As the Skids embark on the first dates of their UK 40th anniversary tour this week, arriving in Edinburgh tomorrow, it is fitting that I have spent the last week speaking to an array of journalists, photographers, promoters and musicians in preparation for the History of Scottish Music Centre’s first exhibition in June at the Fruitmarket Gallery.
Folk could not have been more helpful and every contact recommends more people who may have their own archive or story to tell. Some are still based in Edinburgh or Glasgow but no matter where people are in the world now they are keen to help and get involved.
Some are still in the music industry and many have gone on to other careers but all remember those earlier times fondly. I’ve been concentrating recently on the times before Avalanche opened in 1984 starting in the middle with punk and then working forwards to post-punk and backwards to bands like the Sensational Alex Harvey Band and venues like McGoos on the High Street that played host to The Who – just turn up at the door, no tickets!
When just one fairly minor band, the Dreamboys, can spawn Doctor Who and a famous American chat show host (Peter Capaldi and Craig Ferguson) it is hard to argue against the fact that there was an abundance of talent among all the bands from that era. And of course it didn’t stop there with any number of bands making their mark in the 80s from The Shop Assistants and the Pastels to the Jesus and Mary Chain and Teenage Fanclub.
What is maybe lost on today’s bands is what an important part those around the bands of the day played. Glenn Gibson was the first journalist to get Postcard Records bands in the NME and then a little later in The Face closely followed by the writer Kirsty McNeill and photographer Robert Sharp who followed Glenn to the NME after the success of the fanzine The 10 Commandments. Simon Clegg who now lives in Australia still has his photographs used today and often his photos of people at the gigs are as interesting and popular as the ones of bands.
Anyway more of this another time. Fast forward to today – see what I did there? – and Skids are back to remind everybody that Fife produced its fair share of bands during that time if not a stand out label. Having said that one of the best fanzines of the time Deadbeat was based there.
If you haven’t got a ticket for the Edinburgh gig I’m afraid it is sold out though it never does any harm to check with the venue, the Liquid Room. As I type this there are only a few tickets left for their other imminent Scottish gigs.
Not everybody would agree but by the high standards of the past things are fairly quiet for new Scottish bands at the moment and it is to be hoped that when the time comes, as it inevitably will, we still have the venues and the ability to make the most of it.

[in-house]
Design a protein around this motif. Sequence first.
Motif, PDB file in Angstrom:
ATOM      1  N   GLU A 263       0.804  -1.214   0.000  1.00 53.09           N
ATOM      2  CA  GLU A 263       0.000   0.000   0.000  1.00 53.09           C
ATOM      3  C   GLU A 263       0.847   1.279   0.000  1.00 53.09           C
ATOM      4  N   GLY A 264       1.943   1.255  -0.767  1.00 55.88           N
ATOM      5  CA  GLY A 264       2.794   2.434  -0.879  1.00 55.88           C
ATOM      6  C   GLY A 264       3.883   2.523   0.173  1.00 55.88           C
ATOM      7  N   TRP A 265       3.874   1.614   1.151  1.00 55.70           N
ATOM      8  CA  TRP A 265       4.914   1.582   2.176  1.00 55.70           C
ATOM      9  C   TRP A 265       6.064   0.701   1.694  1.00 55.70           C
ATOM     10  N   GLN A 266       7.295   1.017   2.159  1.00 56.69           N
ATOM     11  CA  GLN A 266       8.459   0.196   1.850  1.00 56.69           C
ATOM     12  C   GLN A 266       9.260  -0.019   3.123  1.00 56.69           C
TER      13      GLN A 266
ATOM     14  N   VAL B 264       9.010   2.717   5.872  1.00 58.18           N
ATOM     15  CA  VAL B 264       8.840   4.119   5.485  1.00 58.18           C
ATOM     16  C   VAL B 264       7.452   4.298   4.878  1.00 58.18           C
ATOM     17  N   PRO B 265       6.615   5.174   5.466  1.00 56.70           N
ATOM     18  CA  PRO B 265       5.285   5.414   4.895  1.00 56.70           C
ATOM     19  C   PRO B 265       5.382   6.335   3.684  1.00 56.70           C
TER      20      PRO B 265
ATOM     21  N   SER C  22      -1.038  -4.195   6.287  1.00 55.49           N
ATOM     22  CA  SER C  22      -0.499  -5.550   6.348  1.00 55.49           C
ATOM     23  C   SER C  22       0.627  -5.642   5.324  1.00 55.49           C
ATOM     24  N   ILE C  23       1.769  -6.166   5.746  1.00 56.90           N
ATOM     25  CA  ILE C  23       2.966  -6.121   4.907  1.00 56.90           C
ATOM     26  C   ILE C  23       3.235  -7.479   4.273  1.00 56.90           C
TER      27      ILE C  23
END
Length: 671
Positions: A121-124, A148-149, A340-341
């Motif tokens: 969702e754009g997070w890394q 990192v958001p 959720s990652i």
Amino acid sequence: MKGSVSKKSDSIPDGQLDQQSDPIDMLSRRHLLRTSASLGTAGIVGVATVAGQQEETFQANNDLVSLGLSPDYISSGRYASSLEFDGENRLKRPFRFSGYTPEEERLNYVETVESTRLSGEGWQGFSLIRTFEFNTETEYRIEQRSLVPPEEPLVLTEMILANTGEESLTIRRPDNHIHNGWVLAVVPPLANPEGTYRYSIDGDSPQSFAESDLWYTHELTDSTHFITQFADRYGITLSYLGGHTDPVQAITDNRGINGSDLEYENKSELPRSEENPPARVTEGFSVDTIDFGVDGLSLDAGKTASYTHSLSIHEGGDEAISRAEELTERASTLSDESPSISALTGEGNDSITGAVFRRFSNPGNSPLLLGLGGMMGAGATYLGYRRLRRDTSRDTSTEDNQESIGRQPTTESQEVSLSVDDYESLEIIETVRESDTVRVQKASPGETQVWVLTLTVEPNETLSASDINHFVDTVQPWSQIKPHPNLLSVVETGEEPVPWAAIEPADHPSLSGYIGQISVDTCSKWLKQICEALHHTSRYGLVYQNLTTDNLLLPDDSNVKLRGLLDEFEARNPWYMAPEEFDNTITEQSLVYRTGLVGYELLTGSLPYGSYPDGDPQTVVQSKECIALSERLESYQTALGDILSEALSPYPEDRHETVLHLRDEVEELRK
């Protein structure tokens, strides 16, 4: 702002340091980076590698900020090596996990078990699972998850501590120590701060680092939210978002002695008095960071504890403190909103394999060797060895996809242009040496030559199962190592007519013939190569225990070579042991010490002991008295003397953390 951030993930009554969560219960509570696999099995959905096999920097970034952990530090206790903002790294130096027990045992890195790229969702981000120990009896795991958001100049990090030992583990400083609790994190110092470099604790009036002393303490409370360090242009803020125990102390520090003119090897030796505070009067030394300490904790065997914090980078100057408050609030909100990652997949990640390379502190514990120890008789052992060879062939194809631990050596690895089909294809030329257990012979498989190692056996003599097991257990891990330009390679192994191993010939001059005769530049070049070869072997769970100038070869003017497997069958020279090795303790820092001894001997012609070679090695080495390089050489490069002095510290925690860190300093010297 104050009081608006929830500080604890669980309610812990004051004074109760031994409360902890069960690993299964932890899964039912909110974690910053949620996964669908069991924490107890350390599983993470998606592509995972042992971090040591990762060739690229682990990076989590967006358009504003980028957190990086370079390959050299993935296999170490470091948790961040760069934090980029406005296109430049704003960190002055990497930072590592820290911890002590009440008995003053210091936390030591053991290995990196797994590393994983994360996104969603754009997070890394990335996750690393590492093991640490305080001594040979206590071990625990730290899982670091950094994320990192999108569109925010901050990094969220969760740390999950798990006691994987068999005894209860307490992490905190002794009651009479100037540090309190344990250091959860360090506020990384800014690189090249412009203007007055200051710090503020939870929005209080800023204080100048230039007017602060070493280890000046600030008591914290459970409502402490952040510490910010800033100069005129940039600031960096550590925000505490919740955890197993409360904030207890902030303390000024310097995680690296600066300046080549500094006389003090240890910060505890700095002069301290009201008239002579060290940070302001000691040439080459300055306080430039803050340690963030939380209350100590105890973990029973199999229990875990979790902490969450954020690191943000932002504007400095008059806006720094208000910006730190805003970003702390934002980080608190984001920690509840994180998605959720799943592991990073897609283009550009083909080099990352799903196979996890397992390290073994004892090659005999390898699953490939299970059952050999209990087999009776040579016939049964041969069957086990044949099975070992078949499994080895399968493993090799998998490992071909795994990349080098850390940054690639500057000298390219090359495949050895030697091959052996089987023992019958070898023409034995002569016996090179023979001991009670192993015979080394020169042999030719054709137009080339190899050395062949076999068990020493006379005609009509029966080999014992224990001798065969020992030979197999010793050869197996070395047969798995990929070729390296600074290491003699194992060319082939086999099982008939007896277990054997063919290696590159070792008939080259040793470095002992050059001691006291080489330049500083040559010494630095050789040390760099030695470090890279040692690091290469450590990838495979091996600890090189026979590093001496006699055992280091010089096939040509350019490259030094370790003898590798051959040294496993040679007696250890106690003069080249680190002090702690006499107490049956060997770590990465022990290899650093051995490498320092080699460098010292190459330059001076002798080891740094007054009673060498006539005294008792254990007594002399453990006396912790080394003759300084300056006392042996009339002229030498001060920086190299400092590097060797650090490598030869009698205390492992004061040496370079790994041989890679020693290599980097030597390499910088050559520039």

The Skids play in Scotland at PJ Molloys, Dunfermline, tonight; the Liquid Room in Edinburgh tomorrow; ABC, Glasgow, 6 May; Montrose Town Hall, 29 June; Glen Pavilion, Dunfermline, 30 June; Inverness Ironworks, 4 October and Beat Generator, Dundee, 5 October as part of a 30 date UK tour. For details log on to https://www.ents24.com/uk/tour-dates/skids-1
Grassmarket is going from bad to worse
I SIMPLY couldn’t let the most recent Grassmarket footfall figures go without comment. Compared with March 2016, which was itself dreadful, footfall was down 49.8 per cent in March 2017.
Just let that sink in. Footfall halved in one year and yet still nothing is done and I’m sure councillors will yet again be far more concerned about keeping the residents onside than any worries about what is happening to the local businesses.
There can be no excuses about when Easter fell because the High Street was up by 3.8 per cent. There was no small investment in the Grassmarket not that long ago to the tune of £7.5 million and a BID (Business Improvement District) was formed to take advantage of this. Just how an organisation tasked with improving business can make such a hash of it and how the council justify their lack of support after such a huge investment is beyond me.
Where is our city’s Hydro?
According to Wikipedia the SSE Hydro handled 751,487 ticket sales in 2016, making it the eighth-busiest music arena in the world in terms of ticket sales. While I personally would not enjoy seeing any artist in an arena of that size – the Hydro holds 13,000 – there is no doubt that the citizens of Edinburgh would very much like to see an arena with that capacity be built.
I’m not sure exactly where would be the best place for such a building and while nobody would suggest Edinburgh Council should be too involved in such a venture I do think it would be wise for the council to actively encourage it and, assuming it can be agreed on what it looks like, give the good folk of Edinburgh something they actually want.